Nibela Lake Lodge is home to some of the most interesting and diverse bird life on the Elephant Coast. From flocks of Flamingos to the rarely-spotted and the highly sought-after Rosy-throated Longclaw, the banks of the iSimangaliso Wetlands Park are a birders paradise.
Birding at Nibela offers an experience unlike any other in the area, and this is largely due to our secret weapon: Lucky Ngubane. Known affectionately as the bird whisperer, this expert bird guide is without a doubt one of the most knowledgeable men in the area. Able to make almost every bird sound in the book, Lucky will take your birding experience to a new level, and he’ll do it with a smile. Having grown up in the area, and spending much of his childhood surrounded by nature, Lucky knows the forests, wetlands and Hluhulwe birdlife like the back of his hand and his guided bird walks and tours are without a doubt a highlight to any trip to Nibela
We sat down with Lucky to learn a bit more about this incredible man and his extraordinary talent.
Tell us a little bit about yourself, and where you grew up.
My name is Lucky Ngubane, and I grew up on the Nibela peninsula. When I was young, I used to follow my father’s cattle around, and began calling to the birds. I learnt a lot from just listening to their replies.
Have you always been passionate about birds? If so, how did your passion for birds began?
Yes, my passion for birds began when I was a young boy. I always spent a lot of time in nature, and I quickly learnt their calls. After finishing matric, I starting working as a tracker, and that’s where I got most of my formal training about birding.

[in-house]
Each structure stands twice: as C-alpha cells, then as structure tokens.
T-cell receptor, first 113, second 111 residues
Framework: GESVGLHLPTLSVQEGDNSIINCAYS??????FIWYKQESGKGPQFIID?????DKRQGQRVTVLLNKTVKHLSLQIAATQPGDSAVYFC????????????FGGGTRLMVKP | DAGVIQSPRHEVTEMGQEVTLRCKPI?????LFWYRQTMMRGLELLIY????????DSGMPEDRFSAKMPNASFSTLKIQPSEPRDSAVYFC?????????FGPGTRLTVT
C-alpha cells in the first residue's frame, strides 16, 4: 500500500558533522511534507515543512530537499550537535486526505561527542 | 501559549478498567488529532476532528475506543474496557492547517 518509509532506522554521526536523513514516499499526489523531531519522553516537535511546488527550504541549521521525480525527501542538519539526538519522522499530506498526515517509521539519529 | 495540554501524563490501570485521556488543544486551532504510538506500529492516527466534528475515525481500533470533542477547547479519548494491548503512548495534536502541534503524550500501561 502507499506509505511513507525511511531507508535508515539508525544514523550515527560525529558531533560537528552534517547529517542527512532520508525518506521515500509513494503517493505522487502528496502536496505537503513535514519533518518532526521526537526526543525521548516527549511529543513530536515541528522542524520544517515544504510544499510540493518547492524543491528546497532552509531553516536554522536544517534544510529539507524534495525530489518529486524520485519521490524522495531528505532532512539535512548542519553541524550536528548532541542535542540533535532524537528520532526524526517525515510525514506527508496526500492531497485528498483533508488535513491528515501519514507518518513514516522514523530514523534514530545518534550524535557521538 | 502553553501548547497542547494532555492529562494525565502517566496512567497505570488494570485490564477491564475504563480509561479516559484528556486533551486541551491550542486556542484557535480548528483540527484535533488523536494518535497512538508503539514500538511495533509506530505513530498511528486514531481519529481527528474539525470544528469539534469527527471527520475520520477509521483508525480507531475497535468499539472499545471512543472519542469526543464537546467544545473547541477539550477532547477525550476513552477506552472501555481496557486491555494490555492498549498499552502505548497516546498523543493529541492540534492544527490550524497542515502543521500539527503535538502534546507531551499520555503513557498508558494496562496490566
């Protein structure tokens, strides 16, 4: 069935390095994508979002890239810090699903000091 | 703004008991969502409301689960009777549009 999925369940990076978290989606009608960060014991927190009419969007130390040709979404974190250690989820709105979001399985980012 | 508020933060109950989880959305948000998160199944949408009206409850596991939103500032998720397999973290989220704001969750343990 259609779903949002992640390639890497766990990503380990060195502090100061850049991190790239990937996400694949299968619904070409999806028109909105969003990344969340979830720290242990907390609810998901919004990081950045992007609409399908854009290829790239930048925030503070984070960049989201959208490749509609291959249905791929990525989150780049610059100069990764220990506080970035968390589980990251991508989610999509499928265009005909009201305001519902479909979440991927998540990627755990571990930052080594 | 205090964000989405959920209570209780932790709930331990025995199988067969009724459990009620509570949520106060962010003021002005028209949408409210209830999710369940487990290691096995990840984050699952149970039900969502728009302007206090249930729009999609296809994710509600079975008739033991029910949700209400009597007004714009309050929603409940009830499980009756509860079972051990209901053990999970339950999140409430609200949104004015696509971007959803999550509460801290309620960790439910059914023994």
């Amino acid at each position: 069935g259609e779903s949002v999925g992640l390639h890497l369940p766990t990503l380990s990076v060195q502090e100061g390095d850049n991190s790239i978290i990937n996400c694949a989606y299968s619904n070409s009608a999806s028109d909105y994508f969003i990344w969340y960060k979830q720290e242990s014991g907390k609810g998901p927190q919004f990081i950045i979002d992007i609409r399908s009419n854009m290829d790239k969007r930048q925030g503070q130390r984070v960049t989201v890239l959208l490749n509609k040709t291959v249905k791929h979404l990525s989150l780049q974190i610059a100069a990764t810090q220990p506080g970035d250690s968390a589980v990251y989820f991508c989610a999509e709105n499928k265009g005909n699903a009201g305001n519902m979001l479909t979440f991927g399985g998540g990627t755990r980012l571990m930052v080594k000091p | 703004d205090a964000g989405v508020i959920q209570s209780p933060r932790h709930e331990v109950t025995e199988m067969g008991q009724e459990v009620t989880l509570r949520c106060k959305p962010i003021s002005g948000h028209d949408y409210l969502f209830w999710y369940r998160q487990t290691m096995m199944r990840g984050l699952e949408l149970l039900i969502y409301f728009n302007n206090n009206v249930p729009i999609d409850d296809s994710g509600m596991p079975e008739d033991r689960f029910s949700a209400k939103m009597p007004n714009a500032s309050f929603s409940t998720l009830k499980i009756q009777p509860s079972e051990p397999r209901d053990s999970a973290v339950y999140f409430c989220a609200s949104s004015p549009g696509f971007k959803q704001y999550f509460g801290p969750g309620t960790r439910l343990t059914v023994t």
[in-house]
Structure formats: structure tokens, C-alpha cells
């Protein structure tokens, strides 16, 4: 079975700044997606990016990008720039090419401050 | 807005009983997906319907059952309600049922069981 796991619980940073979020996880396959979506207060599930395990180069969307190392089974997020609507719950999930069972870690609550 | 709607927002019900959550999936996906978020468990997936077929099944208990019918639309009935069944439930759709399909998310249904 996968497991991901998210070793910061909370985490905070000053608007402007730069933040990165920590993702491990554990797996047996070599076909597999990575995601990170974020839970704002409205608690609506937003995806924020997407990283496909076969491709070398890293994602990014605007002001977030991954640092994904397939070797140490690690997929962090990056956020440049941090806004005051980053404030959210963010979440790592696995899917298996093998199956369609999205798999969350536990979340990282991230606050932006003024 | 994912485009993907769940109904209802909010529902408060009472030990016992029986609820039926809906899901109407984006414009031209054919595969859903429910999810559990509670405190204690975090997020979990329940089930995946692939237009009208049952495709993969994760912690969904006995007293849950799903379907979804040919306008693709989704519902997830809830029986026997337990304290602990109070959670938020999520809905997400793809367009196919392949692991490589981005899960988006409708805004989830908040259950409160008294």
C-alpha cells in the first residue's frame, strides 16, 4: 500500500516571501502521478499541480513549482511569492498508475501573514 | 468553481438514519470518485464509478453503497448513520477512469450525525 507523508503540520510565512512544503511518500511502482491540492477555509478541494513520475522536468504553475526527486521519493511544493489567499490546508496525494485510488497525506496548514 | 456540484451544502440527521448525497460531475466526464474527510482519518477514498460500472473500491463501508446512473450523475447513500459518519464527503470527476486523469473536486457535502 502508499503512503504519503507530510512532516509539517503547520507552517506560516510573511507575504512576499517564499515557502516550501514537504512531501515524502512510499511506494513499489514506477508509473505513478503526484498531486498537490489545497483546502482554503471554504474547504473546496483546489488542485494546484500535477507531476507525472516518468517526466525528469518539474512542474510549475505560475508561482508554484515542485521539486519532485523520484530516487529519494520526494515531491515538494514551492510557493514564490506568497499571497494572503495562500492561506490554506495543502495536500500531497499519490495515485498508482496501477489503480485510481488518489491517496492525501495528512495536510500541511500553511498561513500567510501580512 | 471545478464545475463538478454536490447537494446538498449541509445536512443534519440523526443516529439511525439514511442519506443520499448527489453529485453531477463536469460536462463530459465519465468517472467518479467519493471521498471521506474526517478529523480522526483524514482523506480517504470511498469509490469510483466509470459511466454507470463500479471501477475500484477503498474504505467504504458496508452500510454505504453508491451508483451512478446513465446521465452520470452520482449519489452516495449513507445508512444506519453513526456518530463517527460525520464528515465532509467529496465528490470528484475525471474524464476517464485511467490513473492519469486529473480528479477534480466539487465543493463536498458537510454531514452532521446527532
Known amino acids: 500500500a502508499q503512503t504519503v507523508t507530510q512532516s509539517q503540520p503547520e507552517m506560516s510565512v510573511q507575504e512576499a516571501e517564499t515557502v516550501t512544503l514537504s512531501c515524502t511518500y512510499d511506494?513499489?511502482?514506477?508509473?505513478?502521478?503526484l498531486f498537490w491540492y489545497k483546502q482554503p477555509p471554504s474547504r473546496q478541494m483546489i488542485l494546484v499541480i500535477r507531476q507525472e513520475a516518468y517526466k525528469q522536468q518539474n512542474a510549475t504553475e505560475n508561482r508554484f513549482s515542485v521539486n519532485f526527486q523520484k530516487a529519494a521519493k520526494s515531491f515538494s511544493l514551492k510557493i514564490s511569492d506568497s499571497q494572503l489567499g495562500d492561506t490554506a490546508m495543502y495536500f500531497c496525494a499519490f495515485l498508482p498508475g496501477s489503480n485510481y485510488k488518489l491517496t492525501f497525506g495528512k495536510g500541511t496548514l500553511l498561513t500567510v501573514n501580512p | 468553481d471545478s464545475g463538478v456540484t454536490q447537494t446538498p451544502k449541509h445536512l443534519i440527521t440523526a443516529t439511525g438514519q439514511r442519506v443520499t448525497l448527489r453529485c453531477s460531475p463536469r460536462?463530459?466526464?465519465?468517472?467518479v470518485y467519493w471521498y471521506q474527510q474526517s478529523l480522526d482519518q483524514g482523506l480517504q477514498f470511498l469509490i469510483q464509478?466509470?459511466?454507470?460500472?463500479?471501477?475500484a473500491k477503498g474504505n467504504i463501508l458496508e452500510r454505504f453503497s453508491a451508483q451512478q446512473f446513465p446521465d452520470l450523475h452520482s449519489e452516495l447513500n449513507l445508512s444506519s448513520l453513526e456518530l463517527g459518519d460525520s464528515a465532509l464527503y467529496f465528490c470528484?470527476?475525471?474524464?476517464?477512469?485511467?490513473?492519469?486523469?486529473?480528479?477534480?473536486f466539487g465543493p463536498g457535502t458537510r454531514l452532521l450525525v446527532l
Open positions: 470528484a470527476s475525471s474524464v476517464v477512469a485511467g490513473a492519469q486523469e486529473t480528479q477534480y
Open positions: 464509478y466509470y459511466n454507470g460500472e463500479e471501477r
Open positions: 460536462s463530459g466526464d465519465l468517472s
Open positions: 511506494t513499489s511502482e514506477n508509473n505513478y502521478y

How long have you been working as a guide? And how many of those years have been at Nibela Lake Lodge?
I started working as a guide in 1998, and I have been at Nibela Lake Lodge since 2000. So it’s my seventeenth year at Nibela this year.
What’s your favourite bird, and why?
My favourite bird is the African Broadbill. I like it because it’s always a bit of a challenge to find it.
What’s your favourite bird sound, and why?
My favourite bird sound comes from the Malkoha, because when you call it, it doesn’t respond like other birds.
Where is your favourite place to bird watch, and why?
My favourites place for birding it about two kilometres from the main gate at Nibela. There are more birds there and the vegetation is less dense, so you can see them easily.
What’s the rarest bird you’ve ever spotted?
The rarest bird I’ve ever seen was the Golden Pipit.
Where is your favorite place to be at Nibela?
I really enjoy the view from the entertainment centre looking out over Sobhengu Dam, it is a lovely place for bird watching and relaxing.
Which field guide do you find most useful?
I find that the most useful field guide is the Roberts Birds Guide. I use the app myself when birding.
Do you have any advice for beginner birders?
First of all, birding you always have to be patient. It’s important to learn the bird calls, to make them easier to find. If you don’t learn the calls, you’re going to miss the ones that you’re looking for.